Unique Prenuptial Agreement Considerations for Same-Sex Couples
Pre- and/or post-nuptial agreements are often a necessary discussion topic for couples thinking of getting married—especially those that may be entering their second or subsequent marriage; who have accumulated substantial assets and/or established previous families that they will need to provide for. And now that same-sex couples have the right to marry, they, too, may need to take these agreements into consideration; but are all of the considerations the exact same?
Florida courts use a variety of factors in dividing marital assets in the absence of a prenuptial or other form of agreement, including contributions made to the marriage by each person, their economic circumstances, the duration of the marriage, effects on educational opportunities or careers, and variety of other factors.
Room for Injustice
Since same-sex couples have only recently been allowed to marry, the “length of marriage” factor may be tricky for courts to take into account, especially for same-sex couples who cohabitated for many years prior to being able to marry. Without any agreement related to assets, the court only specifically looking at length of marriage over other factors could thus result in unfair consequences.
This might be the case–for example–if the couple has children and decided that one of them would leave their career in order to care for the children (while not legally being able to marry for many years as they raised the children). The court ignoring this contribution simply because the couple could not legally be married for many years would be tantamount to completely ignoring one person’s entire contribution (and sacrifice)—over many years—to the marriage.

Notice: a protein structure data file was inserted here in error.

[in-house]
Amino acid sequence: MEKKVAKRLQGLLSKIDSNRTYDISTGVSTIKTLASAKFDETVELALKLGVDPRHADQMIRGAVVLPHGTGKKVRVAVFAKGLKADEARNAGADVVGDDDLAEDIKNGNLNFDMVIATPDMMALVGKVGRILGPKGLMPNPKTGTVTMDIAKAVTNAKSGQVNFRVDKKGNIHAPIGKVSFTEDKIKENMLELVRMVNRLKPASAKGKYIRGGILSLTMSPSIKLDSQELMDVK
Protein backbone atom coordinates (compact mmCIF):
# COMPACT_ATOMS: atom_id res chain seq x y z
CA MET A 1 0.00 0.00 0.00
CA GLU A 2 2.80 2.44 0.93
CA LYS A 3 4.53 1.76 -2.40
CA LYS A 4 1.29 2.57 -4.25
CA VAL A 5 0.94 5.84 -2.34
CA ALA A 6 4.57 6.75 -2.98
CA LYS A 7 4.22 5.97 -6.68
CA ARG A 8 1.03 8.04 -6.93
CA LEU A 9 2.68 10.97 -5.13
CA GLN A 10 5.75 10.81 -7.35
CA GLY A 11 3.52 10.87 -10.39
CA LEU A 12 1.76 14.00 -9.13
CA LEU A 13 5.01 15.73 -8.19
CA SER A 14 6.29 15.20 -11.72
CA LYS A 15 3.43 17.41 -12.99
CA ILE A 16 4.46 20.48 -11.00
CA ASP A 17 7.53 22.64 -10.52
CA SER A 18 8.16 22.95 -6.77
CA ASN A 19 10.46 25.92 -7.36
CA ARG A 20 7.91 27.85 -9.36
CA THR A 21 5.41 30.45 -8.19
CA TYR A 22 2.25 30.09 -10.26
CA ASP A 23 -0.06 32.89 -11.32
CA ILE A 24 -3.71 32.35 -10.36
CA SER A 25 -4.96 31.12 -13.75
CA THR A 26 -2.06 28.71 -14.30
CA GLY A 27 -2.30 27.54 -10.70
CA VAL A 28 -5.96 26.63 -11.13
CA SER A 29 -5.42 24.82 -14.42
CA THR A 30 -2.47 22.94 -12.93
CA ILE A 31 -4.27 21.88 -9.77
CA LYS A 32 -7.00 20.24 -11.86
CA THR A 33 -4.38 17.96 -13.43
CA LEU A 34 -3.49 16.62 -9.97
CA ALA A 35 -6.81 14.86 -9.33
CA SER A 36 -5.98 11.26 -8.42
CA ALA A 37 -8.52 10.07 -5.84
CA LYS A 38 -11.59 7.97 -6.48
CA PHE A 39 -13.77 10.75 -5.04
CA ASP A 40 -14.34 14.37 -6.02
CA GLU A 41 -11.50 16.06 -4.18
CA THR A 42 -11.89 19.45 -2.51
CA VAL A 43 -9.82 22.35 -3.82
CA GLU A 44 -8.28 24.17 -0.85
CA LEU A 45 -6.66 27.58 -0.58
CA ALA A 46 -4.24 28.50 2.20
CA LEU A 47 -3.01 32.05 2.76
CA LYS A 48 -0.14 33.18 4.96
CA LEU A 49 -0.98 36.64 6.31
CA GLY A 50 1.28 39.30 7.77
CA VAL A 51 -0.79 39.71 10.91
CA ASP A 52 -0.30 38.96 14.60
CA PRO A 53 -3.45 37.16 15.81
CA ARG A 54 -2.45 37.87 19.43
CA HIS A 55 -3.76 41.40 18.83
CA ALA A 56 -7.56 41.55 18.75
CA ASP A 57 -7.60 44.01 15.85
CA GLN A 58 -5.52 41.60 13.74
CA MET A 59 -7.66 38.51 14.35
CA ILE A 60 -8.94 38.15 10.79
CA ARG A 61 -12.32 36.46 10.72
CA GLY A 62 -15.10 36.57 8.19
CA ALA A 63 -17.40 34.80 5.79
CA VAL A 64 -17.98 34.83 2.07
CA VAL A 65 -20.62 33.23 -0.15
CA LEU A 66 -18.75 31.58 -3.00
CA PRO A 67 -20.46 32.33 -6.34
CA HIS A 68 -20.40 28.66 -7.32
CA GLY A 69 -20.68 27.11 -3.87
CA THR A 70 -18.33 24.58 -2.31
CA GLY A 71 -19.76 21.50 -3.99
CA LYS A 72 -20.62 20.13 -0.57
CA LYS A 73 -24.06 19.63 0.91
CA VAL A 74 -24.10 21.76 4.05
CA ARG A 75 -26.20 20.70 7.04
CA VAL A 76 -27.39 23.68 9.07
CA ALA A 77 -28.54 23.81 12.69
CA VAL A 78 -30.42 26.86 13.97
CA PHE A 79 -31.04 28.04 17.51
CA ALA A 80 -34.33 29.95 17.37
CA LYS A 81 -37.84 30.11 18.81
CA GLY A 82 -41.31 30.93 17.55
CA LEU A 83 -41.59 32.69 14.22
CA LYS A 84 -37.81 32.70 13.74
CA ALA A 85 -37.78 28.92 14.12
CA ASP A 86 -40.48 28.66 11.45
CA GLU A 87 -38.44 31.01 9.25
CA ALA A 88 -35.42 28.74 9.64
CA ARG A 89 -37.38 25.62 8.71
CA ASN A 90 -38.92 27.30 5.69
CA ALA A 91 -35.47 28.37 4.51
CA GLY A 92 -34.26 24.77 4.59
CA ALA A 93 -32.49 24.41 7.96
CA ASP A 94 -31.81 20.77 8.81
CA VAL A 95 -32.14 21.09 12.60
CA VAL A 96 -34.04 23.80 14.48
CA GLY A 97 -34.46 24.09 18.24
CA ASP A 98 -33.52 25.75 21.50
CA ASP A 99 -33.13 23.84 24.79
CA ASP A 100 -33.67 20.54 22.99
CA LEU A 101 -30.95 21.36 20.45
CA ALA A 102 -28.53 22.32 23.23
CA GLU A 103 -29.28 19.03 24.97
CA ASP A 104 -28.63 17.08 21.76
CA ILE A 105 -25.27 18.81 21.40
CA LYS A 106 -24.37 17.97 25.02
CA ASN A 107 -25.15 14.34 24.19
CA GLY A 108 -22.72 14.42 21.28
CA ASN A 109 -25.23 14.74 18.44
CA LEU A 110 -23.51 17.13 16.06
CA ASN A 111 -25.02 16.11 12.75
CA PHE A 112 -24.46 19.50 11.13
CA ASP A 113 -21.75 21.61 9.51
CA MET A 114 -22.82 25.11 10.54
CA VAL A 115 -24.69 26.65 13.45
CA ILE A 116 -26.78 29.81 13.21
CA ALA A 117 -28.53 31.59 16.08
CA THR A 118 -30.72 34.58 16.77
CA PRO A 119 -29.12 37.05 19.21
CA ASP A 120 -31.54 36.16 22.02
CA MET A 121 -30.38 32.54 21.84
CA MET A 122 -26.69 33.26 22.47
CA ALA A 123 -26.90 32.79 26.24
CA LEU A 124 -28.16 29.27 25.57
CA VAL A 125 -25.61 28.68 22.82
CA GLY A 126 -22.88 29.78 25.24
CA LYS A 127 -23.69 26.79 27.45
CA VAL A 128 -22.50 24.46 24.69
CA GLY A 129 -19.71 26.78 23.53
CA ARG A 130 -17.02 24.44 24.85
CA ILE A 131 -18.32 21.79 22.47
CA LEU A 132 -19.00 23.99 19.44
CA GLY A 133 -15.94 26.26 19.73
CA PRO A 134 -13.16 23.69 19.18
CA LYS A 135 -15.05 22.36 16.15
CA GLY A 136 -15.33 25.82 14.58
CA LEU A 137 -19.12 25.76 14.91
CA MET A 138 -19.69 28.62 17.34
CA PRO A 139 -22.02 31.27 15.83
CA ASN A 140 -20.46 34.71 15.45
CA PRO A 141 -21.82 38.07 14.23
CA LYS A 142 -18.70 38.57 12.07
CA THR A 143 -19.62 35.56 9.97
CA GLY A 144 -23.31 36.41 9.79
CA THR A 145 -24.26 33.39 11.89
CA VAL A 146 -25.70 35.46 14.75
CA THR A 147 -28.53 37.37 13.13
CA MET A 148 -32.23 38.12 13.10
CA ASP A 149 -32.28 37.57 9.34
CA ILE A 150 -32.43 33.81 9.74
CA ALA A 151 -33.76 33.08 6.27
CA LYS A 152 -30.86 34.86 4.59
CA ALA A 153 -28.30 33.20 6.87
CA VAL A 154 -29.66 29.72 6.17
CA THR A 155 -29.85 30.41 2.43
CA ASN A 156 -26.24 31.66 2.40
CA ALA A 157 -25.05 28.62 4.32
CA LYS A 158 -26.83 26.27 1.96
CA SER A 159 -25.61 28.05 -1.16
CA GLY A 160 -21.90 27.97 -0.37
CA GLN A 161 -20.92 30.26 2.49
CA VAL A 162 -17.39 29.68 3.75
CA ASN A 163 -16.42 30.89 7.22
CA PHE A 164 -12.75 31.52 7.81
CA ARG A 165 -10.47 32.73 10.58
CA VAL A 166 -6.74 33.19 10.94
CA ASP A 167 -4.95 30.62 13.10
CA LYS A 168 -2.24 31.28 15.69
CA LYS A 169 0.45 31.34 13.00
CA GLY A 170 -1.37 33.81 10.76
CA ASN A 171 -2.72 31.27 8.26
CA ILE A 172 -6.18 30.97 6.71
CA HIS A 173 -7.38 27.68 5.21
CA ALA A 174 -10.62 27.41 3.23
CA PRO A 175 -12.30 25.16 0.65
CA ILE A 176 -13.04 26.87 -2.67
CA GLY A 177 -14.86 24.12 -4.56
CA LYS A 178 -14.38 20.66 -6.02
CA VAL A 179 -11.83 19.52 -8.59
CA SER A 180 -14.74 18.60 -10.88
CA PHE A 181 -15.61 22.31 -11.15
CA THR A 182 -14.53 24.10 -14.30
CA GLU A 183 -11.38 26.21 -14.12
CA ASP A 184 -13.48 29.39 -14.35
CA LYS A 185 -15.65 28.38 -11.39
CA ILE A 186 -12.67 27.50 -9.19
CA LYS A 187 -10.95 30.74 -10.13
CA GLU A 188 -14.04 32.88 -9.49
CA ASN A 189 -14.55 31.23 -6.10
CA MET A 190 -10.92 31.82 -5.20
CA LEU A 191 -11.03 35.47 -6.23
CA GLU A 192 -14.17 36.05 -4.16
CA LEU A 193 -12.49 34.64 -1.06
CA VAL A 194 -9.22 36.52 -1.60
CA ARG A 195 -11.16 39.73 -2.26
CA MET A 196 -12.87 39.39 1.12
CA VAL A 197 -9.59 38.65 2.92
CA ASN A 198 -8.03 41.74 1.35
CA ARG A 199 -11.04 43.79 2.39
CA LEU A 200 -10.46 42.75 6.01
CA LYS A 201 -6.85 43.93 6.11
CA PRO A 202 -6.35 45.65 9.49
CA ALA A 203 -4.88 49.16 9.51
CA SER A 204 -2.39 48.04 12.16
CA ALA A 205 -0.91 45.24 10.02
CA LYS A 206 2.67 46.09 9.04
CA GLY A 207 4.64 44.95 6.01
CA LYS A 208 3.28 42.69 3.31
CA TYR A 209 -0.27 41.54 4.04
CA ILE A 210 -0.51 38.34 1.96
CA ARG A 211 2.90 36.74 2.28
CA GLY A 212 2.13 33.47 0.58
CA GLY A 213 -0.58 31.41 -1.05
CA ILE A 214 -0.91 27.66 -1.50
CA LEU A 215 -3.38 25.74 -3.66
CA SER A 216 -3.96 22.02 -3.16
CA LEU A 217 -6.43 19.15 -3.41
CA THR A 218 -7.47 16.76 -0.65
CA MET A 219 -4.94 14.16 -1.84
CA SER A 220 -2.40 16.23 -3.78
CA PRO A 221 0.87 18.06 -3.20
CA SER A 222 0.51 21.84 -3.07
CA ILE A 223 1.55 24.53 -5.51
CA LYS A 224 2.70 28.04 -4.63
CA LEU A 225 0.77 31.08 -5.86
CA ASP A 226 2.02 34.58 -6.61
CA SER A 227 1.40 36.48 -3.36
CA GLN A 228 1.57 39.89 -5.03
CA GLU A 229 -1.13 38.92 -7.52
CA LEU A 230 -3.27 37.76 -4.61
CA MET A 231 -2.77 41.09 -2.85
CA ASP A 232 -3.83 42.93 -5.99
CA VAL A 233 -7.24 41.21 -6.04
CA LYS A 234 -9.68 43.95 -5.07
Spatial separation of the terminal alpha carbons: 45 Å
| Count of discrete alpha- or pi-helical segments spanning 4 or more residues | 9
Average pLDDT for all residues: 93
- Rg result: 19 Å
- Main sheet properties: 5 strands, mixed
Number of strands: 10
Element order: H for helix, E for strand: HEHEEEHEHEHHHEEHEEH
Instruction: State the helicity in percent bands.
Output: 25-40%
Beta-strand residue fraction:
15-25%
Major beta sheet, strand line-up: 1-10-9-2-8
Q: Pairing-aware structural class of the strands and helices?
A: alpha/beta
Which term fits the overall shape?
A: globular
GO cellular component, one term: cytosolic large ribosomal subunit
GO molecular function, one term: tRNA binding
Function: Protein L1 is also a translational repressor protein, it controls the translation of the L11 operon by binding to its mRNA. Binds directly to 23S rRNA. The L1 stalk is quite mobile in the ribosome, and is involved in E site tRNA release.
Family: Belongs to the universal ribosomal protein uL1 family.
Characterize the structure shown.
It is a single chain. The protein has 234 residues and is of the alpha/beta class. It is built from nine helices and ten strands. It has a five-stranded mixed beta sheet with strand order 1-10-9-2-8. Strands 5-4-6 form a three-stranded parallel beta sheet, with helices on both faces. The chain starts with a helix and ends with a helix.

The length of the marriage can also be crucial in receiving alimony (aka maintenance), creating more room for a potential miscarriage of justice. By entering into a prenuptial agreement, a couple can still leave room to establish alimony even if their marriage does not last long enough for Florida law to grant permanent alimony.
In addition, prenuptial agreements can also apply to division of debt, which many bring to new marriages after years of cohabitating as well.
What’s more, many, many same-sex couples seeking out marriage likely have been couples for some time, meaning that they are likely older, have assets, and established careers—all considerations that point to the need for a prenuptial agreement for any couple. These agreements make sense because courts are just beginning to grapple with the right for same-sex couples to marry in the first place; by putting everything into writing, it can also ensure that the couple’s wishes are followed by the courts, regardless of where each individual in the relationship ends up.
Florida Family Law/LGBT Family Law Rights
Sandra Bonfiglio, P.A. is proud to serve LGBT communities in Florida and assist with any and all family law related issues, including divorce, child custody, adoptions, pre- and post-nuptial agreements, and other areas of family law. Contact us today to see how we can assist you in ensuring that you are protected.